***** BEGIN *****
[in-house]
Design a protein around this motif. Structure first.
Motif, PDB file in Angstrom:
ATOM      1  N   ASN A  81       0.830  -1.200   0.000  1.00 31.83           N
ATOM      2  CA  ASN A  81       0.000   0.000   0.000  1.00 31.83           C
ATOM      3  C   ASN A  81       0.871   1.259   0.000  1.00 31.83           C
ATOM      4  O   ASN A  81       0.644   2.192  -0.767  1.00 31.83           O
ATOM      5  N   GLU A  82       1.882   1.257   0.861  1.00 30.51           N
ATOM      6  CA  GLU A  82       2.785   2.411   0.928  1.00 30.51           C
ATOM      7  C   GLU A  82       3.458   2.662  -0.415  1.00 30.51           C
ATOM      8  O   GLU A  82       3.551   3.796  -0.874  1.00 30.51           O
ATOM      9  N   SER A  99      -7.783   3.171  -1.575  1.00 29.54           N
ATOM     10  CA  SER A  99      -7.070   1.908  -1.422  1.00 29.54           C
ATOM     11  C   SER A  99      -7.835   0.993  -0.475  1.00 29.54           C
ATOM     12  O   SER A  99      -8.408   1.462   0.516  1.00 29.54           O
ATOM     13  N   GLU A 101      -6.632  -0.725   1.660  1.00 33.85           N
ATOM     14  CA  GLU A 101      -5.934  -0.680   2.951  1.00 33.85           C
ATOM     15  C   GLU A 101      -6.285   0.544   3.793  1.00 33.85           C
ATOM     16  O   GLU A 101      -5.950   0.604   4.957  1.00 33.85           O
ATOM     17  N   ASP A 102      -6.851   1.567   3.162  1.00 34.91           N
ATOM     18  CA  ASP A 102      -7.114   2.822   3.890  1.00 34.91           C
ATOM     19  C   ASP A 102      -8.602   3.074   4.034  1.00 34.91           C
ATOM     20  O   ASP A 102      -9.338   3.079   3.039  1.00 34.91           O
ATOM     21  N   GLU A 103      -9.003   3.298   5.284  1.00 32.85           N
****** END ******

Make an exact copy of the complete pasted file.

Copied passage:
[in-house]
Design a protein around this motif. Structure first.
Motif, PDB file in Angstrom:
ATOM      1  N   ASN A  81       0.830  -1.200   0.000  1.00 31.83           N
ATOM      2  CA  ASN A  81       0.000   0.000   0.000  1.00 31.83           C
ATOM      3  C   ASN A  81       0.871   1.259   0.000  1.00 31.83           C
ATOM      4  O   ASN A  81       0.644   2.192  -0.767  1.00 31.83           O
ATOM      5  N   GLU A  82       1.882   1.257   0.861  1.00 30.51           N
ATOM      6  CA  GLU A  82       2.785   2.411   0.928  1.00 30.51           C
ATOM      7  C   GLU A  82       3.458   2.662  -0.415  1.00 30.51           C
ATOM      8  O   GLU A  82       3.551   3.796  -0.874  1.00 30.51           O
ATOM      9  N   SER A  99      -7.783   3.171  -1.575  1.00 29.54           N
ATOM     10  CA  SER A  99      -7.070   1.908  -1.422  1.00 29.54           C
ATOM     11  C   SER A  99      -7.835   0.993  -0.475  1.00 29.54           C
ATOM     12  O   SER A  99      -8.408   1.462   0.516  1.00 29.54           O
ATOM     13  N   GLU A 101      -6.632  -0.725   1.660  1.00 33.85           N
ATOM     14  CA  GLU A 101      -5.934  -0.680   2.951  1.00 33.85           C
ATOM     15  C   GLU A 101      -6.285   0.544   3.793  1.00 33.85           C
ATOM     16  O   GLU A 101      -5.950   0.604   4.957  1.00 33.85           O
ATOM     17  N   ASP A 102      -6.851   1.567   3.162  1.00 34.91           N
ATOM     18  CA  ASP A 102      -7.114   2.822   3.890  1.00 34.91           C
ATOM     19  C   ASP A 102      -8.602   3.074   4.034  1.00 34.91           C
ATOM     20  O   ASP A 102      -9.338   3.079   3.039  1.00 34.91           O
ATOM     21  N   GLU A 103      -9.003   3.298   5.284  1.00 32.85           N